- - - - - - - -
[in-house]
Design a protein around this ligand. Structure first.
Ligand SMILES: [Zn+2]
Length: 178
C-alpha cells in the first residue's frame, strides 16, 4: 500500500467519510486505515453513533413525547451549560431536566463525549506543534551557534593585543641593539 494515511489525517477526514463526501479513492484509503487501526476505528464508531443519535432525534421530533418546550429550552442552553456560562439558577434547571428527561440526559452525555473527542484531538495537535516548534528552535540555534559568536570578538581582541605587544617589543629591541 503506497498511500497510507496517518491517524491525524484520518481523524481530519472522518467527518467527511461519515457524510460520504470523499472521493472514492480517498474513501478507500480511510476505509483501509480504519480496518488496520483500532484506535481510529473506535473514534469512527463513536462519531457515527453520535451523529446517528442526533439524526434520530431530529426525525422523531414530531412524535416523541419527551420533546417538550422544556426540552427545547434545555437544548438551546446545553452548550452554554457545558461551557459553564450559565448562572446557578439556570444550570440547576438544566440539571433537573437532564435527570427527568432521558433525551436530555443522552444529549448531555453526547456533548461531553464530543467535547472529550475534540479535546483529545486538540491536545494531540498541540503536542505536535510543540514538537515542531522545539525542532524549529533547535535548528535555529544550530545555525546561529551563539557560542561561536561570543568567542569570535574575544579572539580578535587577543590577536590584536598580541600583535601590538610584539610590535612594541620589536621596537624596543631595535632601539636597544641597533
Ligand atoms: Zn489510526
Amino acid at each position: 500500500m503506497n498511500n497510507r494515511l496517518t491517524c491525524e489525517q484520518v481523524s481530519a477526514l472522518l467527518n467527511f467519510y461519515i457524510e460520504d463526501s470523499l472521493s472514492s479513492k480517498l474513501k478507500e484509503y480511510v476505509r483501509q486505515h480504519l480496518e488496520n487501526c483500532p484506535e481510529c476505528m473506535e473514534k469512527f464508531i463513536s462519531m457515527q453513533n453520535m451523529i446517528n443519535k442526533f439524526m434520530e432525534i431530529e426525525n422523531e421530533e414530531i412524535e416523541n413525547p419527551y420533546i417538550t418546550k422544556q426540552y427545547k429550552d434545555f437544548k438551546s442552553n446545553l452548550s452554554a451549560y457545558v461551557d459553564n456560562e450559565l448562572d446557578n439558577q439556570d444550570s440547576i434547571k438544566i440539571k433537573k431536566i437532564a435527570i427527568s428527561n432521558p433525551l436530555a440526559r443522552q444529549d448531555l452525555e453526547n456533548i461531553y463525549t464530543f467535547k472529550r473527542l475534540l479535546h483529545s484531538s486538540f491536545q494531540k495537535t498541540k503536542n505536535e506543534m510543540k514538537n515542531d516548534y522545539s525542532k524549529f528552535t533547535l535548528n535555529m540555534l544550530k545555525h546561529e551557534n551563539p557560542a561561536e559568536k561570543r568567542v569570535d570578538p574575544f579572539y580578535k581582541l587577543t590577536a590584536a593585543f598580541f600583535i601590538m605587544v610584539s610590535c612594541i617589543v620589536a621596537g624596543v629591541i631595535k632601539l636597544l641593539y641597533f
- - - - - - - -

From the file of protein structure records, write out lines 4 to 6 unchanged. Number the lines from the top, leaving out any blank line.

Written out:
Length: 178
C-alpha cells in the first residue's frame, strides 16, 4: 500500500467519510486505515453513533413525547451549560431536566463525549506543534551557534593585543641593539 494515511489525517477526514463526501479513492484509503487501526476505528464508531443519535432525534421530533418546550429550552442552553456560562439558577434547571428527561440526559452525555473527542484531538495537535516548534528552535540555534559568536570578538581582541605587544617589543629591541 503506497498511500497510507496517518491517524491525524484520518481523524481530519472522518467527518467527511461519515457524510460520504470523499472521493472514492480517498474513501478507500480511510476505509483501509480504519480496518488496520483500532484506535481510529473506535473514534469512527463513536462519531457515527453520535451523529446517528442526533439524526434520530431530529426525525422523531414530531412524535416523541419527551420533546417538550422544556426540552427545547434545555437544548438551546446545553452548550452554554457545558461551557459553564450559565448562572446557578439556570444550570440547576438544566440539571433537573437532564435527570427527568432521558433525551436530555443522552444529549448531555453526547456533548461531553464530543467535547472529550475534540479535546483529545486538540491536545494531540498541540503536542505536535510543540514538537515542531522545539525542532524549529533547535535548528535555529544550530545555525546561529551563539557560542561561536561570543568567542569570535574575544579572539580578535587577543590577536590584536598580541600583535601590538610584539610590535612594541620589536621596537624596543631595535632601539636597544641597533
Ligand atoms: Zn489510526